|On 5 April 1996 a significant loss of separation occurred when a B744, taking off from runway 27R at London Heathrow came into conflict to the west of Heathrow Airport with an A306 which had carried out a missed approach from the parallel runway 27L. Both aircraft were following ATC instructions. Both aircraft received and correctly followed TCAS RAs, the B744 to descend and the A306 to adjust vertical speed, which were received at the same time as corrective ATC clearances.
||Aircraft-aircraft near miss
||ATC clearance error,|
ATC Unit Co-ordination
|Safety Net Mitigations
|Damage or injury
|Causal Factor Group(s)
||Air Traffic Management
On 5 April 1996 a significant loss of separation occurred in daylight when a BOEING 747-400 (international, winglets) being operated by British Airways and having just taken off from runway 27R at London Heathrow came into conflict to the west of the Airport with an AIRBUS A-300-600 being operated by Emirates which had just, upon ATC instruction, commenced a missed approach from the parallel runway 27L.
An Investigation was carried out by the UK AAIB which established by reference to the ATC Separation Monitoring Function(SMF) equipment which monitors aircraft separation but is not contemporaneously displayed to controllers, that "at their closest proximity the two aircraft were between 600 and 700 feet apart vertically and between 0·71 and 0·82 nm horizontally.
The event happened shortly after a third aircraft had burst a tyre during a landing on runway 27L some 3 minutes earlier. The response to this circumstance led to an expected temporary increase in controller workload in circumstances where the two runways were under the control of separate TWR ATCOs and with one runway designated for landings and one for take offs.
It was found that prior to the loss of separation, both aircraft had been correctly following their ATC clearances and that both had then received and correctly followed TCAS RAs, the B744 to descend and the A306 to adjust vertical speed. Simultaneously to the TCAS RA activation, corrective ATC clearances had been issued.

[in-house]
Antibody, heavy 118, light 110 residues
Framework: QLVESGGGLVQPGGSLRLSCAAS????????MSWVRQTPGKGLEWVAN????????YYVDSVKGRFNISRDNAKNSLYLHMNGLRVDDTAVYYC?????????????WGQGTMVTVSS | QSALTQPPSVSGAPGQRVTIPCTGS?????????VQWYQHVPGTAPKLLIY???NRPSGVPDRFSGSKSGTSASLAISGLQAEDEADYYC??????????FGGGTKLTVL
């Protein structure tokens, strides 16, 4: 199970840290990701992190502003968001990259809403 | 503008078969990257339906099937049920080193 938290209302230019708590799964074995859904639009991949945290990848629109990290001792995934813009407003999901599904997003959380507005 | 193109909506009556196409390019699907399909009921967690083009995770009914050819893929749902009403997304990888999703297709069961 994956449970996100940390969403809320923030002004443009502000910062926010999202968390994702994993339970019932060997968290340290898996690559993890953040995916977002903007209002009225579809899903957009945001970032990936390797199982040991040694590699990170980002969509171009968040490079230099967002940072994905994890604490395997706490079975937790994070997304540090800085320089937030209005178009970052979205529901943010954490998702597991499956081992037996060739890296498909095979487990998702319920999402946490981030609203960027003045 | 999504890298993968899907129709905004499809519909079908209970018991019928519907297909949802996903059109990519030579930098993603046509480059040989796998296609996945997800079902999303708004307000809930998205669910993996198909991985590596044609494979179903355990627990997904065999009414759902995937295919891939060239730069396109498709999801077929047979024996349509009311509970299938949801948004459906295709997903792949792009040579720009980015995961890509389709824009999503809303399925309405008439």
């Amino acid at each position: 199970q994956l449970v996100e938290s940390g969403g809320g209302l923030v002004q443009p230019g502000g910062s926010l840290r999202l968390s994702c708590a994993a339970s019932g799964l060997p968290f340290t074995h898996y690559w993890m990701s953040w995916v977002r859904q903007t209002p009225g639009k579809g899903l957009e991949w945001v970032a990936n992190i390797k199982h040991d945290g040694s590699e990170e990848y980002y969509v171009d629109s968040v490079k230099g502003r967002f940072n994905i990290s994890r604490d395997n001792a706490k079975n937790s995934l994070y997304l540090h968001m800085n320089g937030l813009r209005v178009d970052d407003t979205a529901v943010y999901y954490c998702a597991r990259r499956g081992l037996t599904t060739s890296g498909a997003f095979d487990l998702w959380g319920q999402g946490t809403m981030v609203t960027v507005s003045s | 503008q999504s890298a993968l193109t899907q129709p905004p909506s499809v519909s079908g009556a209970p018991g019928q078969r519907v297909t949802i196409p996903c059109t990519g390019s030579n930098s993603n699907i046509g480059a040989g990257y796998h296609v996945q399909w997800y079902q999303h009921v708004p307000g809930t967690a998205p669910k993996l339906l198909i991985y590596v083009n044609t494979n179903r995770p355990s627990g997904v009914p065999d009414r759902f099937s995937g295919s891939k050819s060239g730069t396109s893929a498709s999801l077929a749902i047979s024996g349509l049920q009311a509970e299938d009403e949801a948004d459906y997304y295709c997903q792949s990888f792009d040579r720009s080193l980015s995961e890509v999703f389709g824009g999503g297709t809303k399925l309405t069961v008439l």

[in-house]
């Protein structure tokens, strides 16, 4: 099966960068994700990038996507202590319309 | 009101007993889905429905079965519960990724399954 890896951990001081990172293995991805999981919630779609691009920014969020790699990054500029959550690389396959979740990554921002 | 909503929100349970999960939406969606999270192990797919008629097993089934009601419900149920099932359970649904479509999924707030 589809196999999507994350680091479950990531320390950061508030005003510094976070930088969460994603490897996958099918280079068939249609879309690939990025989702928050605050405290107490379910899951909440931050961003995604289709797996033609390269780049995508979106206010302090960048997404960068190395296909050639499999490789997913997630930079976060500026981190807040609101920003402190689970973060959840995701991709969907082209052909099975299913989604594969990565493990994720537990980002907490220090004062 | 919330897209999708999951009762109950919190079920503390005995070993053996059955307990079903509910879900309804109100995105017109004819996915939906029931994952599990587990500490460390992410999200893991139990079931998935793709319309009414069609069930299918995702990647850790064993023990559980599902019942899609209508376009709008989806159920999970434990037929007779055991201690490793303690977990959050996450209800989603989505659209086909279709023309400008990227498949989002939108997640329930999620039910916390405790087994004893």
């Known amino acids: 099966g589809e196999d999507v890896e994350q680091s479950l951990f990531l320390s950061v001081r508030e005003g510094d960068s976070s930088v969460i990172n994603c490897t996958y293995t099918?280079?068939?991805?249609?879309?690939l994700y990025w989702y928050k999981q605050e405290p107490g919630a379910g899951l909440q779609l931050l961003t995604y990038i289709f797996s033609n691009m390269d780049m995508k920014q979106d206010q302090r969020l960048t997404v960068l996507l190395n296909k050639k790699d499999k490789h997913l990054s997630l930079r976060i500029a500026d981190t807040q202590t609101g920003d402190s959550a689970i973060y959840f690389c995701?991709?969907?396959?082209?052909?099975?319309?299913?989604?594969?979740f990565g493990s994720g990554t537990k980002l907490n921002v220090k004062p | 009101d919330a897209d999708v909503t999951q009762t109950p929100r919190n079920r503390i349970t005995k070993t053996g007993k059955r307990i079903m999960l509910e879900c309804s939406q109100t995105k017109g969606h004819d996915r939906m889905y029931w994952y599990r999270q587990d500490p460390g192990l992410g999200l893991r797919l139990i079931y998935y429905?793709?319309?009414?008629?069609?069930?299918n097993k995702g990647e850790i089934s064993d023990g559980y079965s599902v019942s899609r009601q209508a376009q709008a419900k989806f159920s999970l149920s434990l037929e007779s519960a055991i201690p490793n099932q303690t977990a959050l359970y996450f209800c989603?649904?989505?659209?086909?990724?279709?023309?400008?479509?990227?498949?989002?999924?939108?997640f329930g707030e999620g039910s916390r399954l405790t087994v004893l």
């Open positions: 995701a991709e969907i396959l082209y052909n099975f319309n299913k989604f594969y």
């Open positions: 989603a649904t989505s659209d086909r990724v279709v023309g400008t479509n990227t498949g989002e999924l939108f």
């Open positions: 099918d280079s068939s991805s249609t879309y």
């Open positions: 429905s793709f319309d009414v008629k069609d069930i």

The Investigation concluded that "by adhering to the TCAS instructions, the crews of both aircraft prevented a possible collision" and noted that the specific procedures established for ATC response in the event of a missed approach occurring which required the Departures and Arrivals Controllers to co-ordinate with each other to maintain separation were "not complied with in this incident".
No Safety Recommendations were made.
The full AAIB Final Report of the Investigation was published on 4 July 1996. Note that the 'Figure 1' referred to in the Report is not available online at the original source.
Nearly two years later, a question for written answer was asked in the UK Parliament about the ATC follow up actions as a result of this event:
Extract from the Official Record of` Written Answers to UK Parliamentary Questions for the Minister for Environment, Transport and the Regions given in the House of Commons on Monday 9 February 1998:
“NATS have supplied the following details about measures taken in response to their internal review of the Airprox incident in question:
- Controller simulation training was modified--additional "go-around" 1 events were added to simulator training and a specific video on go-arounds in a parallel runway situation was included in classroom training
- Controller competency requirements were modified to require controllers to practice regularly calls to the Terminal Control facility in the event of a go-around"